Category Archives: Theological Musings

To Know Her is to Love Her

Photo by Aaron Burden on Unsplash

Wisdom seems to be in rather short supply these days. I think one reason I’ve found myself so drawn to my theology studies is that it offers a wider view of things. At a time when each of us seems wrapped snugly in our own little ideology, it helps to pull back for a God’s-eye view.

This past Sunday’s reading from the book of Wisdom served as a good reminder: Wisdom is a gift from God. And the author here uses romantic imagery to present Wisdom as the most beautiful and desirable of lovers.

In his introduction to The Light of Christ — the primary text we’re using in the introductory theology course — Father Thomas Joseph White ties these themes together.

… “knowing” translates the ancient Greek word episteme, which means being around or intimate with. It is this sense of the word that allowed early modern translators of the Bible to use “knowing” as a euphemism for sexual intercourse: “Adam knew Eve his wife, and she conceived.” We seek to know beauty in this way, wishing to draw close to that which is beautiful, seeking to make beauty a part of our lives.

In the fallen, sinful state of the world this “knowledge” — whether physical or intellectual — can too often be a violation of that beauty it seeks intimacy with. I’m reminded of Gandalf’s admonishment to Saruman in The Fellowship of the Ring: “He that breaks a thing to find out what it is has left the path of wisdom.” Knowledge for its own sake, knowledge as a trophy or symbol of status, might be at the heart of that first disobedience when Adam and Eve ate from the forbidden Tree of Knowledge.

An internet meme I came across recently said that “Knowledge is the understanding that a bell pepper is a fruit. Wisdom is the understanding that it doesn’t go in a fruit salad.” Wisdom is the check and balance of knowledge. “For the first step toward wisdom is an earnest desire for discipline,” Scripture tells us. “For setting your heart on her is the perfection of prudence.”

At times I imagine Wisdom sounding like Jeff Goldblum from Jurassic Park, admonishing us that we’re so preoccupied with whether or not we can do a thing, we don’t stop to ask if we should.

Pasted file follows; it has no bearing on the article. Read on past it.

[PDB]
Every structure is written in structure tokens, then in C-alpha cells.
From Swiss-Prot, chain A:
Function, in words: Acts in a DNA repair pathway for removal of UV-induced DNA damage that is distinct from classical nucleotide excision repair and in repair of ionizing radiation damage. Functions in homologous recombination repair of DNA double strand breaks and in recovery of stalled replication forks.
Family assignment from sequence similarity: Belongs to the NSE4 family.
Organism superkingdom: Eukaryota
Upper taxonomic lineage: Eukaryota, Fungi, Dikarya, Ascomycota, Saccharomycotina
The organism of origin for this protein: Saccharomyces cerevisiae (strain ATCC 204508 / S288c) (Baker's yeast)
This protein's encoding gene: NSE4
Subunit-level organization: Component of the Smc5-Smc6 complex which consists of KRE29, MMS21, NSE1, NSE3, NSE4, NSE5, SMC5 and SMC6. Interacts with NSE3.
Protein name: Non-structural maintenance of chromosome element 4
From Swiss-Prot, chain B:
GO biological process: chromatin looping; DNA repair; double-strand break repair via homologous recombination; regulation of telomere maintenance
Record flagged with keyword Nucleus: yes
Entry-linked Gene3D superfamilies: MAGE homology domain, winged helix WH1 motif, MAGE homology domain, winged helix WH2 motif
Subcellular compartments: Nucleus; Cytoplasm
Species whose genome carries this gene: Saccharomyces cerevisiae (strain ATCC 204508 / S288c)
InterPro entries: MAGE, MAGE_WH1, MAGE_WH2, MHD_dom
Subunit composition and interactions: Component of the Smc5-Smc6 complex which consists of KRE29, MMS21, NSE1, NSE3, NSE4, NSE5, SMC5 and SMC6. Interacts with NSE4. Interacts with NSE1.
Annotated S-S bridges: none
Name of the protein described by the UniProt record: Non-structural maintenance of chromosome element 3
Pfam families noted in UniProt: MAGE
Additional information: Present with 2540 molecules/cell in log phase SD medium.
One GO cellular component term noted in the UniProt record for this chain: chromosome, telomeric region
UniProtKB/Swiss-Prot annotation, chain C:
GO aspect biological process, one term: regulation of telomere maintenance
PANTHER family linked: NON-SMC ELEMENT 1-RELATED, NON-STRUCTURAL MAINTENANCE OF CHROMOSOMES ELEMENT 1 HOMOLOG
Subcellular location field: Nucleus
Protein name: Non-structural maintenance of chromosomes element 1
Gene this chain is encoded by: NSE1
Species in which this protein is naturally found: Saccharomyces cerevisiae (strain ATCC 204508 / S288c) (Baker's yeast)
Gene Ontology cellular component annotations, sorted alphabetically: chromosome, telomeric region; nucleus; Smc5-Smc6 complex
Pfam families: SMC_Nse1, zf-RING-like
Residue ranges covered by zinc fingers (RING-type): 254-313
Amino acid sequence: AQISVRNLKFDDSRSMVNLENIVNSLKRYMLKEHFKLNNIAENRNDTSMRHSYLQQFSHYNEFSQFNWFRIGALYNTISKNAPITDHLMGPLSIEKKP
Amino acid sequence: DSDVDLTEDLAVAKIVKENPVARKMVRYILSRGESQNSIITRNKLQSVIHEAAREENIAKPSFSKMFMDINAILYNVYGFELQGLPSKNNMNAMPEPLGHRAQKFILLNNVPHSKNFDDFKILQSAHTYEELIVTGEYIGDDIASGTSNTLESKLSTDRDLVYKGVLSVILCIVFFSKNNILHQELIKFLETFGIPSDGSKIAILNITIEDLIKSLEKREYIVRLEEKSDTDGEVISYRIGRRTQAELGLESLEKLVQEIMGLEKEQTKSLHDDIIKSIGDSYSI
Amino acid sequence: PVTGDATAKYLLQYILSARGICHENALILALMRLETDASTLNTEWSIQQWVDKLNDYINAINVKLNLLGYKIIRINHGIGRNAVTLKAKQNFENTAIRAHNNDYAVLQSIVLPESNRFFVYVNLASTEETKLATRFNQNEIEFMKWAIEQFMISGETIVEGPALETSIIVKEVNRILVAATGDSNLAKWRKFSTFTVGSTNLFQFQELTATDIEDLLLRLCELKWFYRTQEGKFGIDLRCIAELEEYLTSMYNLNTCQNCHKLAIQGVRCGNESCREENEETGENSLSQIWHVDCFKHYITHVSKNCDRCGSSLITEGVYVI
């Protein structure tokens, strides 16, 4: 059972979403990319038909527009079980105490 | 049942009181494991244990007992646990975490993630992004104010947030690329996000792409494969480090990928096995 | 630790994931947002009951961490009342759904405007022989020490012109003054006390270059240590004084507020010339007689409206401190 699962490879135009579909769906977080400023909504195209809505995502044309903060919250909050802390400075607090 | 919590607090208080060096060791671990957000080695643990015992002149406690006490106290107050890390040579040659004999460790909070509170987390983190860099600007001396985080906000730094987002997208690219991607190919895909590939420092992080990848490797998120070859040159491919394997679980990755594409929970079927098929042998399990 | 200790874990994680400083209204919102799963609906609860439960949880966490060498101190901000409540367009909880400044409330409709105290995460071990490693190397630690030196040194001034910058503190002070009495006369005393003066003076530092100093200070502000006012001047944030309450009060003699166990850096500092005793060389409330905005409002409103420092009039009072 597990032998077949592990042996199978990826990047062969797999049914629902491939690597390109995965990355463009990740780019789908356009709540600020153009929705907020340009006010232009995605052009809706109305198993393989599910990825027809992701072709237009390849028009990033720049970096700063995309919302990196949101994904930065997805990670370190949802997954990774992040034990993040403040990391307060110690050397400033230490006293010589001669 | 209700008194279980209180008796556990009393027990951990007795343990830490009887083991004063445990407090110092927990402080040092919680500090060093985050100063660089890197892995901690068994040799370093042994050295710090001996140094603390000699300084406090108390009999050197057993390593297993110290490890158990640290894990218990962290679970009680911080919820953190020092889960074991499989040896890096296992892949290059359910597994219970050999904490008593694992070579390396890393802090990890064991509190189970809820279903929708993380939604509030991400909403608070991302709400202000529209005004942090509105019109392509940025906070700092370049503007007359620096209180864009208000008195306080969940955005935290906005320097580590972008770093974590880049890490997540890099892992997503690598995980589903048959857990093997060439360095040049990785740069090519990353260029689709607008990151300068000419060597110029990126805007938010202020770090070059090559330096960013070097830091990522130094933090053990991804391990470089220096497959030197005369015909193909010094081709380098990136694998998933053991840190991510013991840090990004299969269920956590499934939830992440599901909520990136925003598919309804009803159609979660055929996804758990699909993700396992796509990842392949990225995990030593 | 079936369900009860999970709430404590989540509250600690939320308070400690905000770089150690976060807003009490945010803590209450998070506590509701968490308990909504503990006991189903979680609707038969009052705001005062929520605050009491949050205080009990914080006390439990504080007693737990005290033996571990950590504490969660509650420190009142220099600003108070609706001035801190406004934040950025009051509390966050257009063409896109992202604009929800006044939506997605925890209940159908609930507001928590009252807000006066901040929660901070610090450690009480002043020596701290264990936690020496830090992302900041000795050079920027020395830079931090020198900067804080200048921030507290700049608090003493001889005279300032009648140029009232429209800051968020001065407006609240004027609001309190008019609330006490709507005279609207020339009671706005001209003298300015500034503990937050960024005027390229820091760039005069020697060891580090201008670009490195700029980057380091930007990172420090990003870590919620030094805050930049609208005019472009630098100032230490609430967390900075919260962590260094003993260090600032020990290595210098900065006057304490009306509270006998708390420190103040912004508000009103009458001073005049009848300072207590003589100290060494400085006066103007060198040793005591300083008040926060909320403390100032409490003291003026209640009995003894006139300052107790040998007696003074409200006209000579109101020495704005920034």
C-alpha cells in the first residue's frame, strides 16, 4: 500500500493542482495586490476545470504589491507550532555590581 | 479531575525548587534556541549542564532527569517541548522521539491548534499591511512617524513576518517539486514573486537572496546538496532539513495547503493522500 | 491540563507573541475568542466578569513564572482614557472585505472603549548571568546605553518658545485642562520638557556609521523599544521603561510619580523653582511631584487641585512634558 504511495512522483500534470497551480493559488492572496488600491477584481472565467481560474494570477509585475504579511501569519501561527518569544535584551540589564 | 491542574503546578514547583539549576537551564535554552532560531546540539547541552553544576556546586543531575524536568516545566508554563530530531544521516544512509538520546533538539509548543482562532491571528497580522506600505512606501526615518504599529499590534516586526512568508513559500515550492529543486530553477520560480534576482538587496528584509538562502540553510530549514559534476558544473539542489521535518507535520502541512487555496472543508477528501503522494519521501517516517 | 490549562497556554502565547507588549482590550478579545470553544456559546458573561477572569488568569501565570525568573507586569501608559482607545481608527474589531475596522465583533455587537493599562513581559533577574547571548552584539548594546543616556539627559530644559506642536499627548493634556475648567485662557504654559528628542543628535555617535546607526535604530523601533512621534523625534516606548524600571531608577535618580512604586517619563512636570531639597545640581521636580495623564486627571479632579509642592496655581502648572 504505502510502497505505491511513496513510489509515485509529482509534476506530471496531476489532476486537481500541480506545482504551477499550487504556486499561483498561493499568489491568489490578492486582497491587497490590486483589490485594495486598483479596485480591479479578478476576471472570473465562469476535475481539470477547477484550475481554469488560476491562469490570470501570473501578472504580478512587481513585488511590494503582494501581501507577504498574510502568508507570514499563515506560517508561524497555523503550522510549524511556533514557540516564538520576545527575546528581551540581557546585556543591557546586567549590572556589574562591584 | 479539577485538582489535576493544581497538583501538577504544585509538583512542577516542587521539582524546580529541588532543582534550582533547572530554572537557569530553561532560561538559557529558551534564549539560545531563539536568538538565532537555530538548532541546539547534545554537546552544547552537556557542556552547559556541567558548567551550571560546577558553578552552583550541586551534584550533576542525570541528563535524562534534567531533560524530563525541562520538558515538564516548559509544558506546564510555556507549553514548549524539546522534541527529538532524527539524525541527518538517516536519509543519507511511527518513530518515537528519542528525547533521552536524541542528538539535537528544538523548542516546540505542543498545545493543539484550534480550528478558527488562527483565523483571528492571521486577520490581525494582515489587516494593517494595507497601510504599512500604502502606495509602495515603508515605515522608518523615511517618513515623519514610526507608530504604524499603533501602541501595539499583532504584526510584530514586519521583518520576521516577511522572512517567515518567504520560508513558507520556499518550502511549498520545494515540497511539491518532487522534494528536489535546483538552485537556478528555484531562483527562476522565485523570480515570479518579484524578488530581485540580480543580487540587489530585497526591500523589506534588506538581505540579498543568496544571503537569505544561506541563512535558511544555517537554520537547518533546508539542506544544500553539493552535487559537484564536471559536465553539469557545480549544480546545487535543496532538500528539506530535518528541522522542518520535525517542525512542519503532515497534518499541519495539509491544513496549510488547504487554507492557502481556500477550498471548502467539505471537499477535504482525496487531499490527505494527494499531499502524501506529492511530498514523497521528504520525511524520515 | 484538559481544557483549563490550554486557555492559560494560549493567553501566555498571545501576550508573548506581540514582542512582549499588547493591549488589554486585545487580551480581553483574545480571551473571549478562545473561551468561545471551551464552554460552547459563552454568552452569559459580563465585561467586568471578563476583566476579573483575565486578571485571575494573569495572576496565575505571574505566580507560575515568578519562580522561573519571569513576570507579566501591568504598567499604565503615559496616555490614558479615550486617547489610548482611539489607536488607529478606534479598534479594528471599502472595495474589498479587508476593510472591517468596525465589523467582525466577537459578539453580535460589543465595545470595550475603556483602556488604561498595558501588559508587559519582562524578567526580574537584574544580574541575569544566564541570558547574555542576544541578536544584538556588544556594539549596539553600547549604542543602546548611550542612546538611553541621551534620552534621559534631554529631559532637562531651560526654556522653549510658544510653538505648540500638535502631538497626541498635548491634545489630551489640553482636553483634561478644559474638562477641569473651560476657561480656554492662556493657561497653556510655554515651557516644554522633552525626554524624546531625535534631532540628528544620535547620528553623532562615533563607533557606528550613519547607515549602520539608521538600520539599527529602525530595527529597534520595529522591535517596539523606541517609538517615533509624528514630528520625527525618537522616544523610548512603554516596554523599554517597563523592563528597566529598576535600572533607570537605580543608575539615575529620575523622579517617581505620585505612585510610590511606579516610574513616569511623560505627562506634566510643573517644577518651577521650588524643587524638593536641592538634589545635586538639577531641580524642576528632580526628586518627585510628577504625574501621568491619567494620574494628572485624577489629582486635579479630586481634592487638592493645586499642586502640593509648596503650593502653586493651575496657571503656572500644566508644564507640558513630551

And just think how much of the world as we know it would be improved just by asking that basic, simple question. Should I have sex with a teenager? Should I tweet pictures of my penis to the women I work with? Should we dump toxic waste in our water supply? Should we get involved in a land war in Asia? A little prudence and discipline might go a long way in considering these questions.

Strange New Worlds

What does Catholic teaching tell us about extraterrestrial life? This might not seem like the most pressing of theological questions, but here I must admit to being a complete and unabashed science-fiction nerd. So it is in fact the sort of thing I might dedicate some inordinate amount of thought to.

In the Introduction to his Theological primer, The Light of Christ, Fr. Thomas Joseph White says of humanity that

we want understanding, insight, and wisdom. We want to know why and what for. We wish to perceive all in the unending light of what is and cannot be. Our hearts are restless with the desire to know the truth.

So it is in the spirit of this God-given unquenchable thirst for knowledge and understanding that I now delve into this conundrum which came to me in the course of my theological studies.

We begin with the basic understanding that God is Love, and that this basic essence of God is reflected in all His creation. As White says, “We can see in light of the Holy Trinity that the physical cosmos ultimately exists for spiritual persons and for relational love.” I found this a bold statement and one needing further reflection. And this blog post is my means of further reflecting on it.